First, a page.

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Sentencing Project Report Examines Increasing Number of Life Sentences

by Derek Gilna

The non-profit Washington, D.C.-based Sentencing Project released a report in May 2017, titled “Still Life: America’s Increasing Use of Life and Long-Term Sentences,” that explores the high number of prisoners serving life sentences despite declining prison populations across the nation. According to the report, “The number of people serving life sentences in U.S. prisons is at an all-time high.”

In 2016, a staggering 161,957 prisoners were serving life sentences, both with and without parole, constituting one of every nine state and federal prisoners. Further, an additional 44,311 prisoners were serving “virtual” or life-equivalent sentences of at least 50 years, for a total of 206,268 people or 13.9 percent of the prison population.

Not surprisingly, the report notes, “The majority are male (96.7%), most are people of color (67.6%), and nearly all (91.5%) have been convicted of a violent offense.... Nearly half (48.3%) of life and virtual life-sentenced individuals are African American, equal to one in five black prisoners overall.” Further, around 12,000 prisoners are serving life or life-equivalent sentences for crimes they committed as juveniles.

The increase in life and virtual life sentences constitutes a quadrupling of such sentences since 1984, roughly tracking the rise in national incarceration rates. The report notes, however, that the growth in life sentences has continued even as overall incarceration rates have dropped over the past decade.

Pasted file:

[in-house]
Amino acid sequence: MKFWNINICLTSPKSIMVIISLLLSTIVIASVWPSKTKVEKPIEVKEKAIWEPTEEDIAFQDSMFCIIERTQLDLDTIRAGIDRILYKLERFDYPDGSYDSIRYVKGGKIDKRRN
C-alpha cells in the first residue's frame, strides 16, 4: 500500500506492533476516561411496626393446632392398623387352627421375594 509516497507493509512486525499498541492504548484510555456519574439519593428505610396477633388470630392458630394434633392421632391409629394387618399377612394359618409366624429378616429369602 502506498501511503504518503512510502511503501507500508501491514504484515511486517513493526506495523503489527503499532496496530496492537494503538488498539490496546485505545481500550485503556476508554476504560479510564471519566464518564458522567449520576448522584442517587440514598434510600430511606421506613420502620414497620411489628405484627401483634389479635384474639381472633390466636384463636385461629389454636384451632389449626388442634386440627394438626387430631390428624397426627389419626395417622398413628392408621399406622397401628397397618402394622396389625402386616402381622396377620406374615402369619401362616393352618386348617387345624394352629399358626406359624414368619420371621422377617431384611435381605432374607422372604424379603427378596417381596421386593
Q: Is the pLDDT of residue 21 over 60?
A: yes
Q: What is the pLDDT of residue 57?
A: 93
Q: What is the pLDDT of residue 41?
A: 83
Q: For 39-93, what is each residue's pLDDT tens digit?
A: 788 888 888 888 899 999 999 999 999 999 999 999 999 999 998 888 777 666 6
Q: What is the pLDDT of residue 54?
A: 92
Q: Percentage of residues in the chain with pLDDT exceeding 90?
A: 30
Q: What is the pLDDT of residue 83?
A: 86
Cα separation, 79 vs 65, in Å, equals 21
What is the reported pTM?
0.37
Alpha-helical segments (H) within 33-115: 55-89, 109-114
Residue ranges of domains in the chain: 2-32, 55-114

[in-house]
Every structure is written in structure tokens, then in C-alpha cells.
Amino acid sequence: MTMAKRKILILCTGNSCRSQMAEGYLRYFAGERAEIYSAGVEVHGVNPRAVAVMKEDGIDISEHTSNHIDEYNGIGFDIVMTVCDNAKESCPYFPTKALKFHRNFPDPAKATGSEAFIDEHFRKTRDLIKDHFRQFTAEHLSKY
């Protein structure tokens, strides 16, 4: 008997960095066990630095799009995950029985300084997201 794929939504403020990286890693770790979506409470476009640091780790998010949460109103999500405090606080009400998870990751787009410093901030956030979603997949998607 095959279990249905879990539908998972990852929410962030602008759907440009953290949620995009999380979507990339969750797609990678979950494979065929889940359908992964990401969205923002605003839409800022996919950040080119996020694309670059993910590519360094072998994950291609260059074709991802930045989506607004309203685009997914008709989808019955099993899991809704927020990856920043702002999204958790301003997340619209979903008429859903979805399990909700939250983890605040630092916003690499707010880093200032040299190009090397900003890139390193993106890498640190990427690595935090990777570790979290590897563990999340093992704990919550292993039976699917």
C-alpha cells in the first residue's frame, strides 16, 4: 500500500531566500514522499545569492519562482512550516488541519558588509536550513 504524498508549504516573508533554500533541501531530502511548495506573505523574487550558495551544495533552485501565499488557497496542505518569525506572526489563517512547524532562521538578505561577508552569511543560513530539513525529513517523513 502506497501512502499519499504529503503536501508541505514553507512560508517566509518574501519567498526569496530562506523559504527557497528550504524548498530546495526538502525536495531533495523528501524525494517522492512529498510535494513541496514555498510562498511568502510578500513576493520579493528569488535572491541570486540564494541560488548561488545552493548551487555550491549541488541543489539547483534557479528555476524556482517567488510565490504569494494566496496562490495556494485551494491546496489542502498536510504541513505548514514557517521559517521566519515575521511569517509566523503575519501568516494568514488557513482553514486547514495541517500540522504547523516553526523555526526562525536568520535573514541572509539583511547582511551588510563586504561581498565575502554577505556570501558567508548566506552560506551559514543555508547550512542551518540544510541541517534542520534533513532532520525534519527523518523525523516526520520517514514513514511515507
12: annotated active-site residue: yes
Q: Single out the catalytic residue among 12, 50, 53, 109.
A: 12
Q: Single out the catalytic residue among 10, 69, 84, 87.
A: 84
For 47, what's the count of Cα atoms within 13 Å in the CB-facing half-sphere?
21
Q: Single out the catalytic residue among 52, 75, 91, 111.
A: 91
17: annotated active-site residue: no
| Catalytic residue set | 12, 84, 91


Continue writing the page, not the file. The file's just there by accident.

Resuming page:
What has driven this continuing increase? According to the report, “One driver is fear: singular stories provoke a desire for safety because of their cruelty and violence, and too often set the tone for crime policy and practice.” Another factor, related to the first, is political – with elected officials being wary of reducing sentences when additional crimes committed by released prisoners will result in public backlash.

The report argues that “There is a tendency to generalize the outcome of a single released prisoner who goes on to commit a violent crime as indicative of all prisoners if they are given the chance. In reality, these tragic outcomes are rare, and even more so among people serving life sentences despite the gravity of their original crime.”

Indeed, prior research has found that prisoners convicted of murder have some of the lowest average recidivism rates.

Another possible factor contributing to the increase in life-sentenced prisoners is a corresponding decline in death sentences in recent years, with juries being more inclined to impose life with or without parole instead of the death penalty in capital cases. [See: PLN, Dec. 2017, p.47].

The Sentencing Project report also notes that other studies have shown that increasing the length of incarceration does not increase public safety after a certain point due to the diminishing returns of punishment, as “the expansive and somewhat arbitrary use of imprisonment weakens its general deterrence value.” As noted by former U.S. Attorney General Eric Holder during a 2013 speech to the American Bar Association, “too many Americans go to prisons for too long and for no truly good law enforcement reason.” 


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